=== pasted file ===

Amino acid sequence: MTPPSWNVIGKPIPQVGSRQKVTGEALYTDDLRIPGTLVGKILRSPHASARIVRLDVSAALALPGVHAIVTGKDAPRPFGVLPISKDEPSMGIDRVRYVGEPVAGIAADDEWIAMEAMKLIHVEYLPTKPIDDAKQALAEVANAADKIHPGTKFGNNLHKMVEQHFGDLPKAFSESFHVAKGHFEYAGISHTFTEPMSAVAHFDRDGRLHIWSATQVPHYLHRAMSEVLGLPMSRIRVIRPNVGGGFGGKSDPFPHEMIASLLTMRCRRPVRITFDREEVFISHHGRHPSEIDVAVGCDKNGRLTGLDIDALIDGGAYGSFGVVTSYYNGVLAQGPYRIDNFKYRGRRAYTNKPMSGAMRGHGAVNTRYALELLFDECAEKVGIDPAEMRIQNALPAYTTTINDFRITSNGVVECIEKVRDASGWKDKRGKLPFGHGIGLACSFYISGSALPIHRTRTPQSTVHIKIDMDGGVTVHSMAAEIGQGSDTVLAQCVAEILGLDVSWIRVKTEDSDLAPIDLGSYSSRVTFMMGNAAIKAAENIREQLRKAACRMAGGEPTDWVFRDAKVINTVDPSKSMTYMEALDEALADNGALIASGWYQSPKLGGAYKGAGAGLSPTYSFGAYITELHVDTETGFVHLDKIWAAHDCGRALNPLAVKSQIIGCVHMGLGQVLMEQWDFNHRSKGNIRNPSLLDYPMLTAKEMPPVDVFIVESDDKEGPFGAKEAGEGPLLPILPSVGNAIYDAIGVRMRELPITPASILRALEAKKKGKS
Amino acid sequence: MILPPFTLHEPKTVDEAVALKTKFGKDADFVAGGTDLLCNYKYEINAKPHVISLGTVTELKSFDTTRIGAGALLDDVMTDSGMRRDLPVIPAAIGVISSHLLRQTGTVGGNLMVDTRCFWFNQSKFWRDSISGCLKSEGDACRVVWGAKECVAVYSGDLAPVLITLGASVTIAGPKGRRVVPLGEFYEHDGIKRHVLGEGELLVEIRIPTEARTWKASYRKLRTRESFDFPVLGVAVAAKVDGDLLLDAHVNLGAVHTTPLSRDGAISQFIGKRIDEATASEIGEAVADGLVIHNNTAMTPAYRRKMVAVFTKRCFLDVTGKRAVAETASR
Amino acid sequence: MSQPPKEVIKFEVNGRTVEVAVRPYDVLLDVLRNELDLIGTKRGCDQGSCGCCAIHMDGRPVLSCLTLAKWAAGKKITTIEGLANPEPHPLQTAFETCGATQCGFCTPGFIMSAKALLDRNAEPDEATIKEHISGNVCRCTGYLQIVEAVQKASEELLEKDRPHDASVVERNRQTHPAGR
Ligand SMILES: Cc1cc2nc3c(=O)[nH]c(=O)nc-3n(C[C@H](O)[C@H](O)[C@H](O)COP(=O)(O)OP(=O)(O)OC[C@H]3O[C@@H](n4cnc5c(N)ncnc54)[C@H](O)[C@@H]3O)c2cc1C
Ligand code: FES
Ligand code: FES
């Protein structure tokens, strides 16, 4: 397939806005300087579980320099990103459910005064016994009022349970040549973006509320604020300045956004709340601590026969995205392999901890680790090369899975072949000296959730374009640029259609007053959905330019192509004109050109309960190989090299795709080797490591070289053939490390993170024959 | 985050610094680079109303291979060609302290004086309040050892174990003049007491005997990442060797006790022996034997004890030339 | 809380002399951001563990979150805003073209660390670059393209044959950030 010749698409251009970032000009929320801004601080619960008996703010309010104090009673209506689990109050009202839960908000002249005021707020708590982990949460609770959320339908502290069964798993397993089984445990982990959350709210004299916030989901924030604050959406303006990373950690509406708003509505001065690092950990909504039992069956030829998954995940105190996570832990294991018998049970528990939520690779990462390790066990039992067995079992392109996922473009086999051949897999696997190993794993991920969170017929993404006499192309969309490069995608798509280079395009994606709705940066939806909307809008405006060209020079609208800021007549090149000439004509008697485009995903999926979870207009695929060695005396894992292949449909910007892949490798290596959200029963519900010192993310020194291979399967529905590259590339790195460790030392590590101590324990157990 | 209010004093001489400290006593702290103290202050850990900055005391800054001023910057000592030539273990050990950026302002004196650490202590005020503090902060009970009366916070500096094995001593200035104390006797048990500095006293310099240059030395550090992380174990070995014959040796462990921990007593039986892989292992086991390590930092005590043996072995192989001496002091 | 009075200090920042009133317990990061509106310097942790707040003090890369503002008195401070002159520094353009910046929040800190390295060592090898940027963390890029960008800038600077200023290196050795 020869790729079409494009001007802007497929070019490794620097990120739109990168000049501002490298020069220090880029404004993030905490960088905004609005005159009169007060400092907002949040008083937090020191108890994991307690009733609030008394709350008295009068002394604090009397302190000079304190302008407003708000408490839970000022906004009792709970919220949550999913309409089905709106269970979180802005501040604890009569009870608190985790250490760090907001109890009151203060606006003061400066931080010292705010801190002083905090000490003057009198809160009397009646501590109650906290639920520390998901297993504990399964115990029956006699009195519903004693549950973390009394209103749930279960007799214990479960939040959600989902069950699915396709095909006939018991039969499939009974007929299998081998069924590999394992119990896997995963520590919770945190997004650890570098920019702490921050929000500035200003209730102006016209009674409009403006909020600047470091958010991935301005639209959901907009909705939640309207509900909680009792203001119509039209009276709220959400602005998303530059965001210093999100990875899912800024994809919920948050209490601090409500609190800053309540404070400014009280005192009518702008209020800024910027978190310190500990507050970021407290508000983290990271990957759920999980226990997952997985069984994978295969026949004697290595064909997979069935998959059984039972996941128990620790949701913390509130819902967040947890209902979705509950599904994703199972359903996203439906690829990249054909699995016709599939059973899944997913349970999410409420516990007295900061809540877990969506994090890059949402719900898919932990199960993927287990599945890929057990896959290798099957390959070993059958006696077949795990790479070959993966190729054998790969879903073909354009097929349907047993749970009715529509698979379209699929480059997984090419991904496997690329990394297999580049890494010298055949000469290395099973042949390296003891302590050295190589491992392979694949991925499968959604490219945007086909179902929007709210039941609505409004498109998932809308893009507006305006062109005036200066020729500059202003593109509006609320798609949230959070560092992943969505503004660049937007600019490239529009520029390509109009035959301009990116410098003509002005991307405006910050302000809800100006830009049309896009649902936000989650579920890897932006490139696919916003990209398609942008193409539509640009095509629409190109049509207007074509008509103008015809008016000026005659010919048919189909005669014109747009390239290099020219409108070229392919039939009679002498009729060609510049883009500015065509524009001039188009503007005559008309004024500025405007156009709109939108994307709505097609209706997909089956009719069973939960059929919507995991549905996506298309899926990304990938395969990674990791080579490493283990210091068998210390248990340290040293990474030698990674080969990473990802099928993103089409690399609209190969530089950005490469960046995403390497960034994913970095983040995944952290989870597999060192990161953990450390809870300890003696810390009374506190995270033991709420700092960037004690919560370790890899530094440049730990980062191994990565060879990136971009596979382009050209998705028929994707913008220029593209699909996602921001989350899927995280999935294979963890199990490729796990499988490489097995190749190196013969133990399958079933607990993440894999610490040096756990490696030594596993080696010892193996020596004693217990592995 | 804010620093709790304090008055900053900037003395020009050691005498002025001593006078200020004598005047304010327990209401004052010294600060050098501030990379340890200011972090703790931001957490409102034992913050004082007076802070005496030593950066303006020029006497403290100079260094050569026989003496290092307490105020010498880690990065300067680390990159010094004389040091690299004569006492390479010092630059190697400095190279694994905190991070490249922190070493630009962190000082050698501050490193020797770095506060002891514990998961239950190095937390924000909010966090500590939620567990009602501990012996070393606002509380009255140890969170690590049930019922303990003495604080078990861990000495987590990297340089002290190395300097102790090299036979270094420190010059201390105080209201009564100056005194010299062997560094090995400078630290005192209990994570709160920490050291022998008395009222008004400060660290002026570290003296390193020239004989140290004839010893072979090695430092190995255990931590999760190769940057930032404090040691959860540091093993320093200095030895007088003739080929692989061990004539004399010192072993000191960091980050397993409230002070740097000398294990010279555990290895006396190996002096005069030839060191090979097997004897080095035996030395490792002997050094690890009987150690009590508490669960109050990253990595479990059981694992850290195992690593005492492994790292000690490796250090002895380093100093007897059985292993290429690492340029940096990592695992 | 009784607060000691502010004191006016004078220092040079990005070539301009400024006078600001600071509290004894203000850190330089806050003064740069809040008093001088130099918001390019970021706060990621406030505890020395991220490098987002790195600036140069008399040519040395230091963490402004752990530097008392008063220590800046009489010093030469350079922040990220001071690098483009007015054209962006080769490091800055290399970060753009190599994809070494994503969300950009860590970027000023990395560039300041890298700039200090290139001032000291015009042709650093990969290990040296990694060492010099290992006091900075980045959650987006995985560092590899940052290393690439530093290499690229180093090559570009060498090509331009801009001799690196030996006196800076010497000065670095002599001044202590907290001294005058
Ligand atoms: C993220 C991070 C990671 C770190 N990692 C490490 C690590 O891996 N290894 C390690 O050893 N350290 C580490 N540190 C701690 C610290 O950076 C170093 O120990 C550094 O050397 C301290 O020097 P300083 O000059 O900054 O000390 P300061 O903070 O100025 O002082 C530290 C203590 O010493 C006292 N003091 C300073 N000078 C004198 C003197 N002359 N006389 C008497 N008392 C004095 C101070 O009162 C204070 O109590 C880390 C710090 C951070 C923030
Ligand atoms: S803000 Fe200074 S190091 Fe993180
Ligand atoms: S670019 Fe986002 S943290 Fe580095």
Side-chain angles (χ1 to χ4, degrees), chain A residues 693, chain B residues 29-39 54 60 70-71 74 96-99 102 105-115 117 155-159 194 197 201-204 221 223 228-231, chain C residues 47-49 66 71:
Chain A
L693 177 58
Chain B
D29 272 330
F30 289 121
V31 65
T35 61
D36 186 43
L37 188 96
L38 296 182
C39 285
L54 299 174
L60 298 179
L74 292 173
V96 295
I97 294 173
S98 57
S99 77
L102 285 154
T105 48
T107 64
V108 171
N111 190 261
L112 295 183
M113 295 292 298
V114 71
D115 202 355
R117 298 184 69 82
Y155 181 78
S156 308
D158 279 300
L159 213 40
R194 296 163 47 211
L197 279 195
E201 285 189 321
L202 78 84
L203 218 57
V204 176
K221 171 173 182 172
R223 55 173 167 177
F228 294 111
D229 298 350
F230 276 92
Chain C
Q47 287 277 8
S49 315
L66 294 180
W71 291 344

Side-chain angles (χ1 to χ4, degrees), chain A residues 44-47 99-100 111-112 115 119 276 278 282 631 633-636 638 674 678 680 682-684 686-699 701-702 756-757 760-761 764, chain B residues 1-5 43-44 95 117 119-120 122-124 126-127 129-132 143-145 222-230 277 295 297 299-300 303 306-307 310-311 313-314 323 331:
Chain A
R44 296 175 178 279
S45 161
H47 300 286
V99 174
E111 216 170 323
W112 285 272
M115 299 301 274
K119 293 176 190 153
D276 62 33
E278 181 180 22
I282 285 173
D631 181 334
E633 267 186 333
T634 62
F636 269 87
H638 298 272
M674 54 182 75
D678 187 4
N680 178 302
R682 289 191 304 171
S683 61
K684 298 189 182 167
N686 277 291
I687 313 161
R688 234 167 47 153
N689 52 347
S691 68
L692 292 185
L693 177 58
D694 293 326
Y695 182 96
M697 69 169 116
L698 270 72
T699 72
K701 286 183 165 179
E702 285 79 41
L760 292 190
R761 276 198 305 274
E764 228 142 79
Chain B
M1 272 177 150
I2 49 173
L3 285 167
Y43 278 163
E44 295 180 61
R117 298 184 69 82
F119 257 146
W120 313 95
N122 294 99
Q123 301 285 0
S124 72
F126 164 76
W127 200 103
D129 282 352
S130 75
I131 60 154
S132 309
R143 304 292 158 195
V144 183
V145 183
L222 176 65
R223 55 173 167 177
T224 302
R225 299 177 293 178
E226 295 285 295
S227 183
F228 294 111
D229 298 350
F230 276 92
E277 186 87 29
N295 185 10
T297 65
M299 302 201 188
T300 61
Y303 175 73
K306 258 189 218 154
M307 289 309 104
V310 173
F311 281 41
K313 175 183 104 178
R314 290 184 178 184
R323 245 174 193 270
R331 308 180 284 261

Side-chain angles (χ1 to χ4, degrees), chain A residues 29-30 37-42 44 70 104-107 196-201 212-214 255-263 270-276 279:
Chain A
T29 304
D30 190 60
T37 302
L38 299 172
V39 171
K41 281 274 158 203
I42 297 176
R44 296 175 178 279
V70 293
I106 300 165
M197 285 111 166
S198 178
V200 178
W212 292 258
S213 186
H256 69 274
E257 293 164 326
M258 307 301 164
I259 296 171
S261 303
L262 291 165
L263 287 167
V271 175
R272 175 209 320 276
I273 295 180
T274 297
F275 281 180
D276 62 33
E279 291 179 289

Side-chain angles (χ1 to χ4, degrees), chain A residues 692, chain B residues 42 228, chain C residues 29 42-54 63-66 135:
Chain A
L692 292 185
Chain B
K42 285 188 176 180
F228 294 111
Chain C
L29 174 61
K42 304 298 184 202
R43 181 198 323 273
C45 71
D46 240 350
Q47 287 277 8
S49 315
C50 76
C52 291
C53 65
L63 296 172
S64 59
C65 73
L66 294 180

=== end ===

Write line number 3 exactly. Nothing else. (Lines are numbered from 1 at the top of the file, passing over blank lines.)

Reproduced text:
Amino acid sequence: MSQPPKEVIKFEVNGRTVEVAVRPYDVLLDVLRNELDLIGTKRGCDQGSCGCCAIHMDGRPVLSCLTLAKWAAGKKITTIEGLANPEPHPLQTAFETCGATQCGFCTPGFIMSAKALLDRNAEPDEATIKEHISGNVCRCTGYLQIVEAVQKASEELLEKDRPHDASVVERNRQTHPAGR